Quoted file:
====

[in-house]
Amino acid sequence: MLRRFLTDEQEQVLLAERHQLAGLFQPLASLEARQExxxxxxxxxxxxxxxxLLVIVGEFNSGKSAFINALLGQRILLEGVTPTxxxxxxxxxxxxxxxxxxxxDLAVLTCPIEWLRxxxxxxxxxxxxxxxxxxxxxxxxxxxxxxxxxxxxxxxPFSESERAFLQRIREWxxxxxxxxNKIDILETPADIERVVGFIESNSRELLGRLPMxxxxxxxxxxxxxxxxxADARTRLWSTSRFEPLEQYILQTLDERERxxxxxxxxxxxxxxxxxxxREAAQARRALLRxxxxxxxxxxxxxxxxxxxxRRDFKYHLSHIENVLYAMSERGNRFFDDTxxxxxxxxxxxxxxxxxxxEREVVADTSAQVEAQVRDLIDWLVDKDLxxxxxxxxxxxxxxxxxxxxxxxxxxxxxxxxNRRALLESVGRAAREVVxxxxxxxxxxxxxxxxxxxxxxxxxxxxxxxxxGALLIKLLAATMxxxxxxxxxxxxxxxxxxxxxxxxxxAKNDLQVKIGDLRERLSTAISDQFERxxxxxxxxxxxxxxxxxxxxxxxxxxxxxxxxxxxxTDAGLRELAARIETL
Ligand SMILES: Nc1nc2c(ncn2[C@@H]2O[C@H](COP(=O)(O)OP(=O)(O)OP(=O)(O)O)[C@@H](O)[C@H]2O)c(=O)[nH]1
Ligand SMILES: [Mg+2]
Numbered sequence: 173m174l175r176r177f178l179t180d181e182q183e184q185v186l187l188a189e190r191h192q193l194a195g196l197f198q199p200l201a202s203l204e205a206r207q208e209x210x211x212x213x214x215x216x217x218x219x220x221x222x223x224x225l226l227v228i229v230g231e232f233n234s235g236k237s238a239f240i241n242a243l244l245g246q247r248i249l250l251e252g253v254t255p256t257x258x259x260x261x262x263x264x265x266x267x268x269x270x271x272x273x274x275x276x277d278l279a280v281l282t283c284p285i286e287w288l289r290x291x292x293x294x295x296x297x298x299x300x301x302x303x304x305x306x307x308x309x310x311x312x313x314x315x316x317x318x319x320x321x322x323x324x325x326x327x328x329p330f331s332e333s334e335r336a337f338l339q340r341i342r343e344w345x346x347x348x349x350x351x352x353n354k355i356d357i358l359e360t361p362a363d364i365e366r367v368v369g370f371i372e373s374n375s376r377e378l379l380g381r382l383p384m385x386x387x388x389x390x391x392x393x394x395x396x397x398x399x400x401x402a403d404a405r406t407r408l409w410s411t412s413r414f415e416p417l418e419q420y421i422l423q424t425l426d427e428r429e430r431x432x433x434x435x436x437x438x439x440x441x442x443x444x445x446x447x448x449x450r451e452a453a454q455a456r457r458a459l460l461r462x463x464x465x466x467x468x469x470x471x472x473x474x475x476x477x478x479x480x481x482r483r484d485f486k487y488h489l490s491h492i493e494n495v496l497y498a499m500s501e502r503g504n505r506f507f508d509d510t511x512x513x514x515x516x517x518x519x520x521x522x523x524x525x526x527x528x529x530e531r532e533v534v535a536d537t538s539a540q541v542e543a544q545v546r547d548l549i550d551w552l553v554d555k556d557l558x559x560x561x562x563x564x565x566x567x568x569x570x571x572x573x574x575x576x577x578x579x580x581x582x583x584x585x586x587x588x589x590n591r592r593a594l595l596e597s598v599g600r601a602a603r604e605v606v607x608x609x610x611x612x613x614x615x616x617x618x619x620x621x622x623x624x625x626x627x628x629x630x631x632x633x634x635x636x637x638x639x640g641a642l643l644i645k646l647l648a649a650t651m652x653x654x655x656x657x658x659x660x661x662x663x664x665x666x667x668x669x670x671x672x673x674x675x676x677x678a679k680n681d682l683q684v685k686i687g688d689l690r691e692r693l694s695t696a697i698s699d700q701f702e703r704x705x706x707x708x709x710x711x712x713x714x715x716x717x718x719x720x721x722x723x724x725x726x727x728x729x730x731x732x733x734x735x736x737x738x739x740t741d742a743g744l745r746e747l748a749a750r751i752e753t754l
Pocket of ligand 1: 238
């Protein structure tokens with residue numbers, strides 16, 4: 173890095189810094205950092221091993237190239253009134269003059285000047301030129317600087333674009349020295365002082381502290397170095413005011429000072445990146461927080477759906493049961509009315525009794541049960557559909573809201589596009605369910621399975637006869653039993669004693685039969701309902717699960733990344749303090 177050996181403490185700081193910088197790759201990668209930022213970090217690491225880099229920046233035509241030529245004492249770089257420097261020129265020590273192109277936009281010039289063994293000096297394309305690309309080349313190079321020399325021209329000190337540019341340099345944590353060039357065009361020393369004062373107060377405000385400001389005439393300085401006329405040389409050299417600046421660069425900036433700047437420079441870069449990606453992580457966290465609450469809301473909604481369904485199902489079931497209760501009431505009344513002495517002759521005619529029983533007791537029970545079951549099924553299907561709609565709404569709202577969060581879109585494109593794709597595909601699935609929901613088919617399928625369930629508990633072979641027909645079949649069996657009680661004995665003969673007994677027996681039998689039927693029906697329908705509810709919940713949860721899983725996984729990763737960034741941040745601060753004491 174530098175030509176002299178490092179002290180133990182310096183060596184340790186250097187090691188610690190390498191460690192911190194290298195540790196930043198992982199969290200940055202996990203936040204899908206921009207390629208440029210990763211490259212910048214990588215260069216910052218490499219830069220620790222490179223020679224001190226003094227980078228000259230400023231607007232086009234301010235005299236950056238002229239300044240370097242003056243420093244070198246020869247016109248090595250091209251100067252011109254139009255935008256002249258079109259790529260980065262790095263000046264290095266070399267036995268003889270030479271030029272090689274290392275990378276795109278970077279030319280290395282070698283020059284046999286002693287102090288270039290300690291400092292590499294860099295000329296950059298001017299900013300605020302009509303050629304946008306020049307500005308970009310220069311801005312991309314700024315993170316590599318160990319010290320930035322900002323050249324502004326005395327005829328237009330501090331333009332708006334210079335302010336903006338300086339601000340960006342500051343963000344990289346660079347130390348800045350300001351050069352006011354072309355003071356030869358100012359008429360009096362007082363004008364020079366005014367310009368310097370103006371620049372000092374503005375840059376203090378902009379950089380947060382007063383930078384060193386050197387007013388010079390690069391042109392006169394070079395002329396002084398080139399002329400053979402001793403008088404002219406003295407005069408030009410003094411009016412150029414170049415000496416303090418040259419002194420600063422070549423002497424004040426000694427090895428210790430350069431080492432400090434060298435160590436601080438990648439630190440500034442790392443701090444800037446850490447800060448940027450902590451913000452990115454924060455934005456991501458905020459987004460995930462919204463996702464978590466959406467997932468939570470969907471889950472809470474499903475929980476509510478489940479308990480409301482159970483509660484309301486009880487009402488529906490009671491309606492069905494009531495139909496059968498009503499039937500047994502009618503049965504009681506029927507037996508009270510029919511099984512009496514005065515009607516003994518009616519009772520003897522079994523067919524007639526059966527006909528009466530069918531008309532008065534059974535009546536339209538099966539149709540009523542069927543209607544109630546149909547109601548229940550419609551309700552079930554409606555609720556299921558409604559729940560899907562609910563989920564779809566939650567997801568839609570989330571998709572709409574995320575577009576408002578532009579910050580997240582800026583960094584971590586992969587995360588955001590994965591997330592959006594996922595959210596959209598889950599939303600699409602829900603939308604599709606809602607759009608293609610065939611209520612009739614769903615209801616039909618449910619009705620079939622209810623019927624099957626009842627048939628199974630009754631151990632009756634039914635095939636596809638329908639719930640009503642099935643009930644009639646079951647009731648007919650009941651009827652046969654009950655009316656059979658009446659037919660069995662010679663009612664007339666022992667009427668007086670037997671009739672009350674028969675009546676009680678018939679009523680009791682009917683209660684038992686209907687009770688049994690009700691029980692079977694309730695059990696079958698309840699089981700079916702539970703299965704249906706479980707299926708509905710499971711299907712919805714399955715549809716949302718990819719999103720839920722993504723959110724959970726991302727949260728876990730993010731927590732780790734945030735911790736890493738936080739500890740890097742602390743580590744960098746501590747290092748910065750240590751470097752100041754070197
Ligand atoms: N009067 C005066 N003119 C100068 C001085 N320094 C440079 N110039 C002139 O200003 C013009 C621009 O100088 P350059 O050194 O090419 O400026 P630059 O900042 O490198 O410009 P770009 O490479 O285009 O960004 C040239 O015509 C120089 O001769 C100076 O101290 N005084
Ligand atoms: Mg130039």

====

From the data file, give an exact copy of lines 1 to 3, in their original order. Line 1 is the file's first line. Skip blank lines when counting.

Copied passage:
[in-house]
Amino acid sequence: MLRRFLTDEQEQVLLAERHQLAGLFQPLASLEARQExxxxxxxxxxxxxxxxLLVIVGEFNSGKSAFINALLGQRILLEGVTPTxxxxxxxxxxxxxxxxxxxxDLAVLTCPIEWLRxxxxxxxxxxxxxxxxxxxxxxxxxxxxxxxxxxxxxxxPFSESERAFLQRIREWxxxxxxxxNKIDILETPADIERVVGFIESNSRELLGRLPMxxxxxxxxxxxxxxxxxADARTRLWSTSRFEPLEQYILQTLDERERxxxxxxxxxxxxxxxxxxxREAAQARRALLRxxxxxxxxxxxxxxxxxxxxRRDFKYHLSHIENVLYAMSERGNRFFDDTxxxxxxxxxxxxxxxxxxxEREVVADTSAQVEAQVRDLIDWLVDKDLxxxxxxxxxxxxxxxxxxxxxxxxxxxxxxxxNRRALLESVGRAAREVVxxxxxxxxxxxxxxxxxxxxxxxxxxxxxxxxxGALLIKLLAATMxxxxxxxxxxxxxxxxxxxxxxxxxxAKNDLQVKIGDLRERLSTAISDQFERxxxxxxxxxxxxxxxxxxxxxxxxxxxxxxxxxxxxTDAGLRELAARIETL
Ligand SMILES: Nc1nc2c(ncn2[C@@H]2O[C@H](COP(=O)(O)OP(=O)(O)OP(=O)(O)O)[C@@H](O)[C@H]2O)c(=O)[nH]1